Thursday, September 17, 2009

A puzzle; and a heartwarming story

I think it’s fair to say some cool weather arrived last night. At least it did on the Gator homestead. Today will be one of the coolest in quite some time; then we’ll be off on a warmer, cooler, merry-go-round right through the weekend. I wish I knew how this cooler temperature will affect my visit to my senior fitness session this morning.

We’re going to be voting on five citizen initiatives and two other items in November. The airwaves and the print media are now getting jam packed with advertising and comments about those items. As one would expect, none of the initiatives is without some controversy.

One of them has caused a little waffling thinking on my part. We will be asked if we want the excise tax we pay on our automobiles to be halved and sales tax on newly purchased hybrids eliminated. I think it’s that second half that has me on the fence.

The purpose of the sale tax elimination, of course, is to promote the sales of the energy efficient vehicles. That leads me to wonder who will benefit from that loss of a sales tax revenue stream, the state or the car companies.

WCSHTV Ch. 6 reported on its NewsCenter program that the “No on Question 2” campaign kicked off yesterday in Portland. The groups opposed to the ballot question, question two on the November ballot, say the revenue loss to municipalities will be devastating. Those groups say they believe communities will have to increase property taxes to make up for the loss.

They say that road improvement projects and other road use projects will have to be cut back because of the lack of funding. It is a specious argument and it is this kind of scare tactic that at first blush makes me want to vote “Yes.”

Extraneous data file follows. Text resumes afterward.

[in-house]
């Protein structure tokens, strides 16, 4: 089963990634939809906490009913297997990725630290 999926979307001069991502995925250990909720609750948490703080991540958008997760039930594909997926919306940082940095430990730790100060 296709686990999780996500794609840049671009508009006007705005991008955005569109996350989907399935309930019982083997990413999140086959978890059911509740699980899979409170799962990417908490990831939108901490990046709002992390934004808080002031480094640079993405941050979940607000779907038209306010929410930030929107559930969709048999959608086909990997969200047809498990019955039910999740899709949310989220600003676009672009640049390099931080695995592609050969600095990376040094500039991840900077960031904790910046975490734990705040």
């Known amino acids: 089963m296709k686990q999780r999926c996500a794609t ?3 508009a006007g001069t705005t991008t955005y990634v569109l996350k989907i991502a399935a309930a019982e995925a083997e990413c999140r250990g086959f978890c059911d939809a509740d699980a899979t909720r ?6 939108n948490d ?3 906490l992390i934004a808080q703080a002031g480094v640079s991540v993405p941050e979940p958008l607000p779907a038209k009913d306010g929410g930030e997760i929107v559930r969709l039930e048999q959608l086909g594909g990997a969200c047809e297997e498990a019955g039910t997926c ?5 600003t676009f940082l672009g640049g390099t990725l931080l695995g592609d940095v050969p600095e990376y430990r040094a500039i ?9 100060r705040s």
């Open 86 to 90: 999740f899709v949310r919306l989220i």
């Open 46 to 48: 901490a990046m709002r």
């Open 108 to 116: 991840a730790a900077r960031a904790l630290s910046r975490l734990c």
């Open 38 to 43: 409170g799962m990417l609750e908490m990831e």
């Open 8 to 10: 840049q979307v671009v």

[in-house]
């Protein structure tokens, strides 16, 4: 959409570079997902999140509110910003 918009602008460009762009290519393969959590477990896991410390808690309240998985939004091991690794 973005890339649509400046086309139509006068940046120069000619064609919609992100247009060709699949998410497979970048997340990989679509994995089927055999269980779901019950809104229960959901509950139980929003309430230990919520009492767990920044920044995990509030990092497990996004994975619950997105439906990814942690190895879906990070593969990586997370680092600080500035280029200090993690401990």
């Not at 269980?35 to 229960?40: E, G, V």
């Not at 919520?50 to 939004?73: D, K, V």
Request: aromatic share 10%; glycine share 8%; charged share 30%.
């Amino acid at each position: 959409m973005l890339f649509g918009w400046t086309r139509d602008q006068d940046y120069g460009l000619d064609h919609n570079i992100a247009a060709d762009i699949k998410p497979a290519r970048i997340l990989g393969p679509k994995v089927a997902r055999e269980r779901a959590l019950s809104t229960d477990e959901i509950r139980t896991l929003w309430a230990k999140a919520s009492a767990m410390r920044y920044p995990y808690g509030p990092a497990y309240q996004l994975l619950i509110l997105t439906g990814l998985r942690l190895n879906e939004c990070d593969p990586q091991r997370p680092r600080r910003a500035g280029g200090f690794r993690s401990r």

Excise tax revenue is not dedicated revenue. It goes into the communities’ general fund and can be spent anywhere in the budget. Communities could still cut funding for road projects, but they would be cutting it out of the general fund.

The one area which all three levels of government, local, state and federal, have not done is look at their spending and set priorities so that some spending can be eliminated. You and I have to adjust our budgets during these hard economic times; for some reason governments believe they are exempt.

As I say every time I get on this kick to you who ask me just where I’d make the cuts, I didn’t make the decisions that led to the need. I’d bet I could find some, though, but darn few people would like them.

So for the next few weeks, I’ll be internally debating supporting the referendum or going against what I believe, cutting taxes and voting against that referendum. Both sides make good points, and both sides make some specious ones. This one could be a hard decision.

Now to change the pace. I hope you all saw that incredibly warm baseball moment that happened in Philadelphia Tuesday night. I didn’t see it when it happened and first saw it on the NBC Today show yesterday morning. It was repeated on the NBC Nightly News last night, one of the few warm moments that program has had in a while.

A dad, a long time Phillies fan, had taken his three year old daughter to the Phillies’ game. What nearly every fan dreams of when attending the major league games happened. The dad caught a foul ball, a treasure for any fan. After high fiving all around him and showing off his catch, the dad handed the ball to the little girl. She threw it back to the field.

I’m not sure I anticipated the dad’s reaction. First it was disbelief, then a very broad, loving smile crossed his face and eyes and he clutched that little girl very close to him with a huge hug. There was absolutely nothing but the love of a dad for his little girl in that moment. I found it to be a very touching scene.

I only saw a snippet of the story last night, but I think the team sent the dad a new ball. That was confirmed this morning.


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